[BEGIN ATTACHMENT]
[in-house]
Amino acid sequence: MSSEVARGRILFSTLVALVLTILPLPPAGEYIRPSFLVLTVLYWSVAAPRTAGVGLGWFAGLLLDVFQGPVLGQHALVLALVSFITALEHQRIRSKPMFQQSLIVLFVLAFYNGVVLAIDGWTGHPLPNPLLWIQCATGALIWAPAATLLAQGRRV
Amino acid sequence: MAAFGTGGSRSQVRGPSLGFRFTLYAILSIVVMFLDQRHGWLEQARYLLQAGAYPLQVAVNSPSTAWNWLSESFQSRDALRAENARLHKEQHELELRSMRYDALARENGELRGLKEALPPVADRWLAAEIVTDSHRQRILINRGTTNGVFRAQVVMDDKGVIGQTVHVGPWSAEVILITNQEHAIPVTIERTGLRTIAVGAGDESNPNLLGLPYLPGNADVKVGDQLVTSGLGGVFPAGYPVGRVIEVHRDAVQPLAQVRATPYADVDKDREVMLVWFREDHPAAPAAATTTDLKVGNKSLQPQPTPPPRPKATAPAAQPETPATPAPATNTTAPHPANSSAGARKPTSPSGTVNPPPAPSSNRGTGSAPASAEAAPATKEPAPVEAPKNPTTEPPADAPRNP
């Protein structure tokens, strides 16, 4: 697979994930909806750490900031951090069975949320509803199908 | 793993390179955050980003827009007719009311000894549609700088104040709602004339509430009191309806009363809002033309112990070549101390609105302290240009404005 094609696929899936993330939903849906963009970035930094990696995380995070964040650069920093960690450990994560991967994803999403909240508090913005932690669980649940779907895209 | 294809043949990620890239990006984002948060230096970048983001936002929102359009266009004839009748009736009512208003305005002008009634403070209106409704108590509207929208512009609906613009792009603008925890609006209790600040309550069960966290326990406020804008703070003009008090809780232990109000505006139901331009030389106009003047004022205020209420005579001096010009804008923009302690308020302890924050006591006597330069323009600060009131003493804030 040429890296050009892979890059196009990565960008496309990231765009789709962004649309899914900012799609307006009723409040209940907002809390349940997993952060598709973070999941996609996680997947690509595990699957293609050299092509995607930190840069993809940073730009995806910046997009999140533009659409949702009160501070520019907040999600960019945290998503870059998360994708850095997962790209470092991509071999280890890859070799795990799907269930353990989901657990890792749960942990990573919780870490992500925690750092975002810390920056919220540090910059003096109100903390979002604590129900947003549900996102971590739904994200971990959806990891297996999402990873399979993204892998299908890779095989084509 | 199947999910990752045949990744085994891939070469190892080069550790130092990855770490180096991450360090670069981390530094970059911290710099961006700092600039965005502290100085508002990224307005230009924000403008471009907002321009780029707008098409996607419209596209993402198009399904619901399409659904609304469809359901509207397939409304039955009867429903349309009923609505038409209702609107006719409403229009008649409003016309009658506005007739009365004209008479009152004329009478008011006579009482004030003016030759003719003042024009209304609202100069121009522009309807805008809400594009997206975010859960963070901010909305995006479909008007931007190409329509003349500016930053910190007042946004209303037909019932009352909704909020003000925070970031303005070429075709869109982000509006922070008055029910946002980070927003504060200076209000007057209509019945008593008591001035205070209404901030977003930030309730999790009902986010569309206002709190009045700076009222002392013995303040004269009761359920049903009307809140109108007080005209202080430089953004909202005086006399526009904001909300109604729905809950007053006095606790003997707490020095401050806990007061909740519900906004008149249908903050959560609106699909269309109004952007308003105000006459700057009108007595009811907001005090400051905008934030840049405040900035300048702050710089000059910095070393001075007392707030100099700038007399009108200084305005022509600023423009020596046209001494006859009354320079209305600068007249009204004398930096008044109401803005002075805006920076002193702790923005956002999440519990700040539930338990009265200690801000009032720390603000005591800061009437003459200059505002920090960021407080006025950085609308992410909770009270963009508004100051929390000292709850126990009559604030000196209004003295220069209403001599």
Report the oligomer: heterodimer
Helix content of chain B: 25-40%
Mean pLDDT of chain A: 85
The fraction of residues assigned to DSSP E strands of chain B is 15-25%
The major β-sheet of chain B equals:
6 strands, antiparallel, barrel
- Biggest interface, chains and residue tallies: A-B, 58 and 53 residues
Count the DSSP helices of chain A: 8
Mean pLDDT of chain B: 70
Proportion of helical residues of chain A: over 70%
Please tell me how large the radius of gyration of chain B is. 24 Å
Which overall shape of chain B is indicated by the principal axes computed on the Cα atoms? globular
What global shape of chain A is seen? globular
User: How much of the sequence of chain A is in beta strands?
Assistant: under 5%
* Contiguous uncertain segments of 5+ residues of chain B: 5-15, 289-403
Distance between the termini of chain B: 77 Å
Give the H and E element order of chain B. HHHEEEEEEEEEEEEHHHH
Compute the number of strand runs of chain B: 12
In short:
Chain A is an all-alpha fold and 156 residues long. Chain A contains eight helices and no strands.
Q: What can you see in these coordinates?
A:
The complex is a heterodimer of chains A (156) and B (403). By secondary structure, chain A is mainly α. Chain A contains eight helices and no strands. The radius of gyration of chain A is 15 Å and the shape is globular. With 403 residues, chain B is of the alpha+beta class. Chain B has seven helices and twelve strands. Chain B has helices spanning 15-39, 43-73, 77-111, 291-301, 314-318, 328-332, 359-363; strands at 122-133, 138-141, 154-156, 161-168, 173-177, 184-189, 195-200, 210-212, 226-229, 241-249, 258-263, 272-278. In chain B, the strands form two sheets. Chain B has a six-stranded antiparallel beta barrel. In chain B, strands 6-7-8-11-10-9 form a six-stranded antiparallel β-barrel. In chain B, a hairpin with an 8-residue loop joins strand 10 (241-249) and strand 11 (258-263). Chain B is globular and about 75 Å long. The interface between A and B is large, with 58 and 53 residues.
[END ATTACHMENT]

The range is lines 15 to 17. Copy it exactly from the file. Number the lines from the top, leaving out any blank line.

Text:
Please tell me how large the radius of gyration of chain B is. 24 Å
Which overall shape of chain B is indicated by the principal axes computed on the Cα atoms? globular
What global shape of chain A is seen? globular